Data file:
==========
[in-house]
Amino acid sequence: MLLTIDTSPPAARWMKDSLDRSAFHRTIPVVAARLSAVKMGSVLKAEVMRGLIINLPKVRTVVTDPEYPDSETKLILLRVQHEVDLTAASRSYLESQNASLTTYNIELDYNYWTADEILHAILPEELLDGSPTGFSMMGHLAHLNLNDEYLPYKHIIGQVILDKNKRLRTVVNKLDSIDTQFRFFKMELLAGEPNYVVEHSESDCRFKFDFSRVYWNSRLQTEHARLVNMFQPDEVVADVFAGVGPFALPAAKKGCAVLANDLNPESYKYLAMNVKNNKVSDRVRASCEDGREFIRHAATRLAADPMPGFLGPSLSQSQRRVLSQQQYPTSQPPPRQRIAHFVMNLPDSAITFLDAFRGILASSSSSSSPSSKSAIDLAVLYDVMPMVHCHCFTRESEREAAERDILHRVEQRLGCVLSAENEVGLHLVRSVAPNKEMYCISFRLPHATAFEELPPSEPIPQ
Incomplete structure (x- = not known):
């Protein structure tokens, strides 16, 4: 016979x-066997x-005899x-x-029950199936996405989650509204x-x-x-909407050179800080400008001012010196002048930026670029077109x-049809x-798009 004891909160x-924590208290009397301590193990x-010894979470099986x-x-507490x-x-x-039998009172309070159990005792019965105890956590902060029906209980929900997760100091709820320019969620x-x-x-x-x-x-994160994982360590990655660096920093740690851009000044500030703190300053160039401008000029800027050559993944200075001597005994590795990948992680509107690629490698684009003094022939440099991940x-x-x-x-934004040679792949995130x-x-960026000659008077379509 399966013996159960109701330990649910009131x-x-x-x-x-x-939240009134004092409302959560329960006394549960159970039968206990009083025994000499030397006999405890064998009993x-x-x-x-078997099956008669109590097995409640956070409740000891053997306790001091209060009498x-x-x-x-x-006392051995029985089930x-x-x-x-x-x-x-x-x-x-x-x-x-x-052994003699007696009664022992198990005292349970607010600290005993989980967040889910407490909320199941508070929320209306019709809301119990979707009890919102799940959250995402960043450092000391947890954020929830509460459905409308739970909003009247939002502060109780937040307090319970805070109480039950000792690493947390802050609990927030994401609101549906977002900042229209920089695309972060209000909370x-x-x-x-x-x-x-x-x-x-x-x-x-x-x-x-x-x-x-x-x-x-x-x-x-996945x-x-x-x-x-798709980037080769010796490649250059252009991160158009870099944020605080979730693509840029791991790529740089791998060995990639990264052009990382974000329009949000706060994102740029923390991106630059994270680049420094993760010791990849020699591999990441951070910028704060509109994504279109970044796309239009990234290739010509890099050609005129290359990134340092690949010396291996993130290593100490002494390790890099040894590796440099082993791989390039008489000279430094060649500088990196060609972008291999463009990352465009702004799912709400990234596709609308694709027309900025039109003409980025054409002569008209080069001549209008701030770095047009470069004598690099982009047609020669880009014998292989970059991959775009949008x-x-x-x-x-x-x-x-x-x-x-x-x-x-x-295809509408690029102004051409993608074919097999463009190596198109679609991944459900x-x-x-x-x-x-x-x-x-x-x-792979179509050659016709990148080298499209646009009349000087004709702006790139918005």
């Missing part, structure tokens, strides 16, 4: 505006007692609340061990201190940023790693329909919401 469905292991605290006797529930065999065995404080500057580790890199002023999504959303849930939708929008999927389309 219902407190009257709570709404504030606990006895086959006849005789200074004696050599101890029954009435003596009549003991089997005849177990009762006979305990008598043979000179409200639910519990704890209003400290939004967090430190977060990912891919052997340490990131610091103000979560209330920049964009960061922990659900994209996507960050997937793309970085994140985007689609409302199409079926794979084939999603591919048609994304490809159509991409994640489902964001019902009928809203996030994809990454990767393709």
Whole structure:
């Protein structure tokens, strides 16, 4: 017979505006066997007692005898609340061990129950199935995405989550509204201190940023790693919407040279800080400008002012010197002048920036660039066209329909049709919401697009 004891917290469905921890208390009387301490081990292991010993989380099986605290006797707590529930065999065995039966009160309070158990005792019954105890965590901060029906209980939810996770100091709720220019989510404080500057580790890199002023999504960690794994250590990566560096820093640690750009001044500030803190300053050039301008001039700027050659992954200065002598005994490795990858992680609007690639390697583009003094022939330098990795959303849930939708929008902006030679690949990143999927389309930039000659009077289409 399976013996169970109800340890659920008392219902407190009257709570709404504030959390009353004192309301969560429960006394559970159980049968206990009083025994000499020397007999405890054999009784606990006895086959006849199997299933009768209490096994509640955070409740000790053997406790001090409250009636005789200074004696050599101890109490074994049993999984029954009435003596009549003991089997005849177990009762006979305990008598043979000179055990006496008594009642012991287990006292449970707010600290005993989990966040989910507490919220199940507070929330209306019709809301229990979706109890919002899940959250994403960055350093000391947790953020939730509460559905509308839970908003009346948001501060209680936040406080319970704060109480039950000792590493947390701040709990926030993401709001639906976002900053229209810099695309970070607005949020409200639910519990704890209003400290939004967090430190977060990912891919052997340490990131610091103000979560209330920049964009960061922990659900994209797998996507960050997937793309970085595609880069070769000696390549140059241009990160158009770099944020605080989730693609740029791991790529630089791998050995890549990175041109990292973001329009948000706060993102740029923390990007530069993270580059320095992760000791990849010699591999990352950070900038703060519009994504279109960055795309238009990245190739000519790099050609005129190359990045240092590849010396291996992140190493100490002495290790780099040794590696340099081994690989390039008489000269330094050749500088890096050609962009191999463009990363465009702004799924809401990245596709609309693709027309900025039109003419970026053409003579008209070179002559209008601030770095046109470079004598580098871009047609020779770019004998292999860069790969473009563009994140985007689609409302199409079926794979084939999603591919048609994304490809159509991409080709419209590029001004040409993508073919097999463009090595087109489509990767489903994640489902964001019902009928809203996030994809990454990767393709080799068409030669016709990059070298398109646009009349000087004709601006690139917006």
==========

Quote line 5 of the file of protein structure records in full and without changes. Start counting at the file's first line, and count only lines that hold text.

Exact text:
């Missing part, structure tokens, strides 16, 4: 505006007692609340061990201190940023790693329909919401 469905292991605290006797529930065999065995404080500057580790890199002023999504959303849930939708929008999927389309 219902407190009257709570709404504030606990006895086959006849005789200074004696050599101890029954009435003596009549003991089997005849177990009762006979305990008598043979000179409200639910519990704890209003400290939004967090430190977060990912891919052997340490990131610091103000979560209330920049964009960061922990659900994209996507960050997937793309970085994140985007689609409302199409079926794979084939999603591919048609994304490809159509991409994640489902964001019902009928809203996030994809990454990767393709």